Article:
Is Your High Speed Internet, Truly High Speed? Maybe Not!

September 17, 2015

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b2ap3_thumbnail_Fiber-Optic-Cable.jpgFor the business that relies heavily on their Internet connection, the term “High-Speed Internet” can often be a misnomer. Currently the Federal Communications Commission (FCC), the United States’ governing body regarding interstate and international communications, allows Internet Service Providers (ISP) to advertise a speed of four megabits per second (4 Mbps) as “high-speed”. While not every user needs to upload large files and stream data quickly, many of today’s businesses require broadband speeds that supercede the ones that normal consumers have, especially if they want to take advantage of some of today’s most innovative productivity solutions.

To get the confusion over definitions out of the way early, the FCC, in its 2015 Broadband Progress Report, has voted to change the definition of broadband by raising the minimum upload speed of a “broadband” connection from 1Mbps to 3 Mbps, and raising the minimum download speed from 4Mbps to 25Mbps. This was done as a result of a push toward giving every potential user in the country the option and availability of a faster Internet connection. The confusion lies in the use of the “high-speed” moniker, which, as stated before, is only 4Mbps. Make no mistake, if you use a high degree of Internet-hosted solutions, 4Mbps likely won’t cut the mustard for your business.

If your company is having issues with its Internet connectivity or if you are simply searching for the right situation for you, before you commit to a lengthy and expensive contract that many of these ISPs command, you should consider what technologies you plan on taking advantage of that will eat into your bandwidth. Two simple variables that you should take into consideration include:

  • What are your current bandwidth needs?
  • What new solutions do you plan on implementing that may require a boost in bandwidth?

Your Current Needs

When trying to ascertain which service plan is right for your organization, it’s important to understand what processes absolutely need bandwidth. The biggest data hogs are invariably some of the most dynamic. Things like video conferencing or any other video streaming will definitely be the biggest culprits in bandwidth strain. Also, if your organization relies on a cloud solution, these platforms will also need a fair amount of resources. If you don’t have the proper bandwidth to run the services you have instituted, you’ll quickly find that the little money you saved in a lower cost broadband connection, really isn’t worth the headaches and inefficiency you will experience in connectivity issues.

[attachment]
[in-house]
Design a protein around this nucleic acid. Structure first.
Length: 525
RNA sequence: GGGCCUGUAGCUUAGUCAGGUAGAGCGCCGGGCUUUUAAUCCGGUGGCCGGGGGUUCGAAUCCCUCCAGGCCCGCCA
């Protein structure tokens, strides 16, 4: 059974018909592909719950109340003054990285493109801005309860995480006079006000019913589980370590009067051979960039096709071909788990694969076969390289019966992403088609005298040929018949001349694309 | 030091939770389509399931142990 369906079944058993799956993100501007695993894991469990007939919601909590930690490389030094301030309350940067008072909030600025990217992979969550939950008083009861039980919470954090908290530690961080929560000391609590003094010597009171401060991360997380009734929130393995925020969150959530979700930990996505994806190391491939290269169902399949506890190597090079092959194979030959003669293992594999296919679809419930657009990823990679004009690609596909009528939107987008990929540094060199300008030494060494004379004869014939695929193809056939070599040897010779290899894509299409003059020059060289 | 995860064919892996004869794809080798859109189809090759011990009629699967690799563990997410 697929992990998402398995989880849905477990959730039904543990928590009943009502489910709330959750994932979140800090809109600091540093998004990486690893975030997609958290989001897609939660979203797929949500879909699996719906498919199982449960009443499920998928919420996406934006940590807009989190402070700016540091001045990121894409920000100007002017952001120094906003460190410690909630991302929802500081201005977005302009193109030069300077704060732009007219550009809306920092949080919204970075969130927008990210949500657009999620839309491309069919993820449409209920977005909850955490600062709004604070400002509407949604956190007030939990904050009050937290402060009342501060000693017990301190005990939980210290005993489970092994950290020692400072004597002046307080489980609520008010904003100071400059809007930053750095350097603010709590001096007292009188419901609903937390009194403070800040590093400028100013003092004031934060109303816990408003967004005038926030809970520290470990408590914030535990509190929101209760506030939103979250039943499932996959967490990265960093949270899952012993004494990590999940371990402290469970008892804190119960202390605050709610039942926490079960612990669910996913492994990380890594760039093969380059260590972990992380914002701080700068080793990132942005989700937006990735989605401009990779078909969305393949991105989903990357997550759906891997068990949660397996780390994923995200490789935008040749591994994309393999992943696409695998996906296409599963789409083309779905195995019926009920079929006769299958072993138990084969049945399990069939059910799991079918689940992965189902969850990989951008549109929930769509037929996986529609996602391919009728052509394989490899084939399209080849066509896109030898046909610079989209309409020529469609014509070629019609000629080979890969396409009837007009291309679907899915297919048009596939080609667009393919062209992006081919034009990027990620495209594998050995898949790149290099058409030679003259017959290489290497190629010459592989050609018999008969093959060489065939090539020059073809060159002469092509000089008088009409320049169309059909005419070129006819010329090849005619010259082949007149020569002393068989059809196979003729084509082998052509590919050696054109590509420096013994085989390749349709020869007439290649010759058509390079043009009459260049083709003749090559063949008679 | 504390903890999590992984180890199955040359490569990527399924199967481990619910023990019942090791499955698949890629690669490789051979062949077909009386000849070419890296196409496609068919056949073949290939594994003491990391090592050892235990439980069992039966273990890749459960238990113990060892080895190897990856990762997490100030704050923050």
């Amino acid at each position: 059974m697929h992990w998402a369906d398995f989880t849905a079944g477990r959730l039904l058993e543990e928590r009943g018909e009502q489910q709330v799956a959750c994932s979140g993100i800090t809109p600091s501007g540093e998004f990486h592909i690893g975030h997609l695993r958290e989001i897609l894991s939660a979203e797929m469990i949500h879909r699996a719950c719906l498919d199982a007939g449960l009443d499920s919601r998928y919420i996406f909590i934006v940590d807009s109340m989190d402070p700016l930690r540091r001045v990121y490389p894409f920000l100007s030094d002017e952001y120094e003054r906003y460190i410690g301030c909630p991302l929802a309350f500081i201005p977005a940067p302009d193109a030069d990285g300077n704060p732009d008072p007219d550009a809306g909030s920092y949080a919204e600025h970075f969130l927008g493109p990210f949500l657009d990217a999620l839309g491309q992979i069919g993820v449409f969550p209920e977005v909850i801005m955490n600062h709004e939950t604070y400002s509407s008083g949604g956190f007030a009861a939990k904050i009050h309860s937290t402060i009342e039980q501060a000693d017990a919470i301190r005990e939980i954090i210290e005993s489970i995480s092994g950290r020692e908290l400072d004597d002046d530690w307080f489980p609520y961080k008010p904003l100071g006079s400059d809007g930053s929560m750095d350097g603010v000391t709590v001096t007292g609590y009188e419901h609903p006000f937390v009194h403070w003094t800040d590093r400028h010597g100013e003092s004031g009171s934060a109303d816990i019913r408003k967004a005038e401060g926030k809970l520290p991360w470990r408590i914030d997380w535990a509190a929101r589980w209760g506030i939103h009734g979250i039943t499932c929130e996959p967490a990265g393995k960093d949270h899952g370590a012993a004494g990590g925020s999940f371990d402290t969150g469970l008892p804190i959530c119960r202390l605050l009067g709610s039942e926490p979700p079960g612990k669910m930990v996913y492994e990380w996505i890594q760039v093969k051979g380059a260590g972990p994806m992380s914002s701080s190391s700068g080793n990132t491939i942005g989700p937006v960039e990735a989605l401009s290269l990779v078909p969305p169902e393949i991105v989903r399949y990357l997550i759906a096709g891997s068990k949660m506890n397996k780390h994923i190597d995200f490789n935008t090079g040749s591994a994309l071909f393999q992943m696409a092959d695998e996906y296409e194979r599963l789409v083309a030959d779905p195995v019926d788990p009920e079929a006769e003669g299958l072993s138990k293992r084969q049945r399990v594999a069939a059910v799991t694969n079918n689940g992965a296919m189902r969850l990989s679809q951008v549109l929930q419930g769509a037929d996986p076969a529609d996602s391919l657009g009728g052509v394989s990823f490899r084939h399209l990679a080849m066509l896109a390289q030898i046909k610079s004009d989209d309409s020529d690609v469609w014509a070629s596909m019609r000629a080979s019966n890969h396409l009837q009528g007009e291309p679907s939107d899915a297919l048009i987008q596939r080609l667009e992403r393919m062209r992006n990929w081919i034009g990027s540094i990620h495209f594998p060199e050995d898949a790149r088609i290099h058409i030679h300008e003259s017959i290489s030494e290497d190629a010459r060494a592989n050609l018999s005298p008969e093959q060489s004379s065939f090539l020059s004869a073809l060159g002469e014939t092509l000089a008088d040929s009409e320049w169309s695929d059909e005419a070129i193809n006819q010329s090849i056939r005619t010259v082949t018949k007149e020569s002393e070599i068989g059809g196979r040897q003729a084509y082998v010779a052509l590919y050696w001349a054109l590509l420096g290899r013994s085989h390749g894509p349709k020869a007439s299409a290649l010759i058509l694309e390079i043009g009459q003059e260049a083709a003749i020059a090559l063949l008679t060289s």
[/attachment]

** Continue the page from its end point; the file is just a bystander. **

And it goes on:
Think About the Future

Over the past several years, the cloud has begun to provide secure computing platforms that do a vast number of things. You can get complete packages with servers, storage, application deployment, and productivity and collaboration suites, deployed through your company’s broadband connection. If you are trying to establish whether or not a cloud platform is right for your business, you should first take into account the speed of your Internet connection, because without the proper bandwidth, these platforms will be less than efficient.

Other technology solutions, such as Voice over Internet Protocol (VoIP) phone systems, should be considered as well. This provides the organization a unified communications solution for all of its voice, and conferencing needs, but without ample bandwidth, the solution can be a miserable failure.

Every organization needs a well-thought-out wireless plan. The larger the Wireless Area Network (WAN), the more devices being used on that network, the more bandwidth it will take up. Many organizations, to get the most out of the devices that their employees bring into the workplace, are committed to a bring your own device (BYOD) strategy. This places additional stress on your network capabilities, but in turn, can create a more collaborative workplace.

For the growing business, the proper amount of bandwidth will be the amount where there is limited-to-no bottlenecking in the network traffic. If you are experiencing network connectivity issues, such as lag, cut outs or syncing problems, it may be time to evaluate your bandwidth usage and needs.

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